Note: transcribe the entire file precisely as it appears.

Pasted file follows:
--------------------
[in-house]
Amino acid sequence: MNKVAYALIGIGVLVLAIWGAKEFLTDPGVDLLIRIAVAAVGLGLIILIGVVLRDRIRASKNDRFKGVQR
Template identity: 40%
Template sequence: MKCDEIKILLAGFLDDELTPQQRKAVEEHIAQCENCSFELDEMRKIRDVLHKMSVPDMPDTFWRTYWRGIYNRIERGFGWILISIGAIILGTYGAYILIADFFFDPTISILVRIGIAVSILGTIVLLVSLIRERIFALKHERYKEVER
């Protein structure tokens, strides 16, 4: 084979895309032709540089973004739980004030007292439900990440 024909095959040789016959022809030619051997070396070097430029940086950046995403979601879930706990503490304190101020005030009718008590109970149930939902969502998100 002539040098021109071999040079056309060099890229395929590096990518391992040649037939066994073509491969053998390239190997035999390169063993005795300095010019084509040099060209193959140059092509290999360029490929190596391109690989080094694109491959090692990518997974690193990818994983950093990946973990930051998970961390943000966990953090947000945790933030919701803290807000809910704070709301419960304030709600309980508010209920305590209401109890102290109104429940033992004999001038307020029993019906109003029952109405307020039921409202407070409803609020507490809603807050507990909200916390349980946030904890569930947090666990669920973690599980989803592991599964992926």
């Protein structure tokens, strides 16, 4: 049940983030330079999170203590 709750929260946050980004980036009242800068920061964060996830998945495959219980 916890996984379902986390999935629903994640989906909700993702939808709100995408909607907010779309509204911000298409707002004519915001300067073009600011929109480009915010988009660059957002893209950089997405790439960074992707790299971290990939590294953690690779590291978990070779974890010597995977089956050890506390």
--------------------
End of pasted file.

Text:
[in-house]
Amino acid sequence: MNKVAYALIGIGVLVLAIWGAKEFLTDPGVDLLIRIAVAAVGLGLIILIGVVLRDRIRASKNDRFKGVQR
Template identity: 40%
Template sequence: MKCDEIKILLAGFLDDELTPQQRKAVEEHIAQCENCSFELDEMRKIRDVLHKMSVPDMPDTFWRTYWRGIYNRIERGFGWILISIGAIILGTYGAYILIADFFFDPTISILVRIGIAVSILGTIVLLVSLIRERIFALKHERYKEVER
């Protein structure tokens, strides 16, 4: 084979895309032709540089973004739980004030007292439900990440 024909095959040789016959022809030619051997070396070097430029940086950046995403979601879930706990503490304190101020005030009718008590109970149930939902969502998100 002539040098021109071999040079056309060099890229395929590096990518391992040649037939066994073509491969053998390239190997035999390169063993005795300095010019084509040099060209193959140059092509290999360029490929190596391109690989080094694109491959090692990518997974690193990818994983950093990946973990930051998970961390943000966990953090947000945790933030919701803290807000809910704070709301419960304030709600309980508010209920305590209401109890102290109104429940033992004999001038307020029993019906109003029952109405307020039921409202407070409803609020507490809603807050507990909200916390349980946030904890569930947090666990669920973690599980989803592991599964992926």
């Protein structure tokens, strides 16, 4: 049940983030330079999170203590 709750929260946050980004980036009242800068920061964060996830998945495959219980 916890996984379902986390999935629903994640989906909700993702939808709100995408909607907010779309509204911000298409707002004519915001300067073009600011929109480009915010988009660059957002893209950089997405790439960074992707790299971290990939590294953690690779590291978990070779974890010597995977089956050890506390």